Supervisory authorities


Our partners


Home > EN > Job Opportunities > PhD 2017

PCMT — Quantum simulations of the adsorption, reactivity, and spectroscopy of atmospherically and astrophysically relevant molecules in an environment.

by Webmestre - published on

PhD Director: Daniel PELAEZ-RUIZ — Maurice MONNERVILLE

The accurate determination of observables such us reaction rates, uptake coefficients, absorption energies or the spectroscopical signals of adsorbed molecules is of utmost relevance in astrophysical [1] and atmospherical modelling [2]. Quantum simulations allow the computation of these quantities with a high degree of accuracy and reliability in contrast to classical approaches.

The proposed Ph.D. project, which will be carried out in close collaboration with experimentalist from the LERMA laboratory (Jussieu) [3], will consist in the quantum study of small-size molecules (M) [4] adsorbed on substrates such as aerosols or ice (S) [3,5]. To this end, it will be necessary the extension of previous methodologies as well as the development of new ones aimed at the description of the dynamics of the molecule- substrate. The project is divided in four well-differentiated phases: (1) Determination of the relevant electronic states of M involved in its reactivity [6]; (2) development of a novel methodology based on the Multigrid POTFIT (MGPF) [7] approach for the description of the dressed states resulting from the M-S interaction; (3) study of the adsorption of the M-S system and its spectroscopical signatures [9]; (4) study of the dynamical influence of the surface molecules using methods such as Variational Multiconfigurational Gaussian (vMCG) [10].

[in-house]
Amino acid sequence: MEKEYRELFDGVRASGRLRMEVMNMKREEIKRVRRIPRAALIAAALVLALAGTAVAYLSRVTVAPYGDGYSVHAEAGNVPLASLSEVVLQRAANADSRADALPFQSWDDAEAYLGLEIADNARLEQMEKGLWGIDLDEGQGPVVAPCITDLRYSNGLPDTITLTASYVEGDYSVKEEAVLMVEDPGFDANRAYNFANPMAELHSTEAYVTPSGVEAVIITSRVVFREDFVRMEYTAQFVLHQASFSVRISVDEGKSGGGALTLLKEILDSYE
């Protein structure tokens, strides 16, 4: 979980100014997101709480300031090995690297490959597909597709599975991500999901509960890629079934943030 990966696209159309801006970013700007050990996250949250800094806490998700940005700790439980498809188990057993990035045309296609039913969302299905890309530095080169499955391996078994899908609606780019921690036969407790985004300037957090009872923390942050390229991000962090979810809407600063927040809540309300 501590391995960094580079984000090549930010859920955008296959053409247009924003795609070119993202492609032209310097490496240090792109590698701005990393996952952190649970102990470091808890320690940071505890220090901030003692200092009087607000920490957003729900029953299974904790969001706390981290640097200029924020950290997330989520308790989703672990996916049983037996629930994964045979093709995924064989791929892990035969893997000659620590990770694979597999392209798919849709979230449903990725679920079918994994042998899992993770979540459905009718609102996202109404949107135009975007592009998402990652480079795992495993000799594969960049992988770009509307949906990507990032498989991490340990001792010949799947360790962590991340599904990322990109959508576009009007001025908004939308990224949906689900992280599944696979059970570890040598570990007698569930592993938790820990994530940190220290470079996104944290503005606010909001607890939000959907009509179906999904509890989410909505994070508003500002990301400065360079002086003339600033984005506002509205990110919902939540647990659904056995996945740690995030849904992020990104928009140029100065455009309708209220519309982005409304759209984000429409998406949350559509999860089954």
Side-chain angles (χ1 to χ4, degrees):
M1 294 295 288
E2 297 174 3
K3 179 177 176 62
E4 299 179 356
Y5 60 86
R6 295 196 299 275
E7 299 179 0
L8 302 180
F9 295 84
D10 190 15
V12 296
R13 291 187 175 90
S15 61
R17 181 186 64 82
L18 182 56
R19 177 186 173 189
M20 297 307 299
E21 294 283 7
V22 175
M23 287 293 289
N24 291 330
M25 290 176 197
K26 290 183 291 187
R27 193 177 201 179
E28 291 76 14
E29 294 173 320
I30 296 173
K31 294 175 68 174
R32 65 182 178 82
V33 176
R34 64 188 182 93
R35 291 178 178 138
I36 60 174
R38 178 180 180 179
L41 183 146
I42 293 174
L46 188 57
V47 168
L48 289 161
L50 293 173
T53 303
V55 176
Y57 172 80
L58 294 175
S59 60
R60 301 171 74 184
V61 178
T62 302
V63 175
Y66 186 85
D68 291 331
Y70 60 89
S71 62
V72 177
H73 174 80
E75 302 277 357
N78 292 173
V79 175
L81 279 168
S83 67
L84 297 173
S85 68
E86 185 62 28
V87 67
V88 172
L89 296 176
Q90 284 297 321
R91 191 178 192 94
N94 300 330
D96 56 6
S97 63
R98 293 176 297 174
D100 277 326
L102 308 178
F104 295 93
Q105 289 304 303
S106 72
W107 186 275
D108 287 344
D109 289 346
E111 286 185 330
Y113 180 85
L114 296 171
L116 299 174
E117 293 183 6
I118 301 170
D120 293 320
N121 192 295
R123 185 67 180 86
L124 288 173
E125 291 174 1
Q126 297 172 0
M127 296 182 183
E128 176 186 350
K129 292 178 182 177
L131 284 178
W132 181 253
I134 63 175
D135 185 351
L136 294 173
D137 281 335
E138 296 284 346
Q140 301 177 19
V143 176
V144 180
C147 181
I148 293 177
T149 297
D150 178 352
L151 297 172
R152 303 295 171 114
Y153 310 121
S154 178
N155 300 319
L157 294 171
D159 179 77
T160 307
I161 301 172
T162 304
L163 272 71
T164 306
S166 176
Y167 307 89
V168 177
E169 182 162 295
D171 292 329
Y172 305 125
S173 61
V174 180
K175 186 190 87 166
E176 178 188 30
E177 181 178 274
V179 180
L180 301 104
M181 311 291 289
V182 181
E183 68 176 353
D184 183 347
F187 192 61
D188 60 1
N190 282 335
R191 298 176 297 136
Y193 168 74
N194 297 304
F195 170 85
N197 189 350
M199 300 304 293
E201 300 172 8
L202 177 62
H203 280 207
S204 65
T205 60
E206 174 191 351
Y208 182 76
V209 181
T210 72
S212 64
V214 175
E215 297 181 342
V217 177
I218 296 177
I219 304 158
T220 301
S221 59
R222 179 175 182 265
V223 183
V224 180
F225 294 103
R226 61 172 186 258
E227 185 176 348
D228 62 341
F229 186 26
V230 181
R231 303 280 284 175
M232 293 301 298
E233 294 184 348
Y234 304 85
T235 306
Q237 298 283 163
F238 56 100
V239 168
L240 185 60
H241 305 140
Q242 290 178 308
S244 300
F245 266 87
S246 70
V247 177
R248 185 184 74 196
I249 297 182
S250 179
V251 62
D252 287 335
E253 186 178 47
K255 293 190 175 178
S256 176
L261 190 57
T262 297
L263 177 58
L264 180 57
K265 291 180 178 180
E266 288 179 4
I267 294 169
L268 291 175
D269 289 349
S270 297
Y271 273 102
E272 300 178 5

This project will provide the Ph.D. candidate with expertise in electronic structure, in nuclear quantum dynamics, and in the development of scientific software.

Keywords: Atmospherical and astrophysical reactivity, simulation, nuclear quantum dynamics, electronic structure, MCTDH, vMCG, MGPF, programming.

[3] M. Bertin et al., The Astrophysical Journal, 779, 120 (2013). !
[4] C. Lévêque, D. Peláez, H. Köppel and R. Taieb, Nature Communications 5, 4126 (2014).!
[5] L. Hormain, M. Monnerville, C. Toubin, D. Duflot, B. Pouilly, S. Briquez, M. I. Bernal-Uruchurtu, R. Hernández-Lamoneda, J.Chem. Phys. 142, 144310 (2015).!
[6] D. Peláez, J.F. Arenas, J.C.Otero, J. Soto, J. Chem. Phys. 125, 164311 (2006).!
[7] D. Peláez and H.−D. Meyer, J. Chem. Phys. 138, 014108 (2013).!
[8] S. Woittequand, C. Toubin, M. Monerville, S. Briquez, B. Pouilly and H.−D. Meyer,J. Chem. Phys. 131, 194303 (2009).!
[9] D. Peláez, H.−D. Meyer, Chem. Phys. in press (2016).!
[10] G. A. Worth, M. A. Robb, and B. Lasorne, Mol. Phys. 106, 2077 (2008).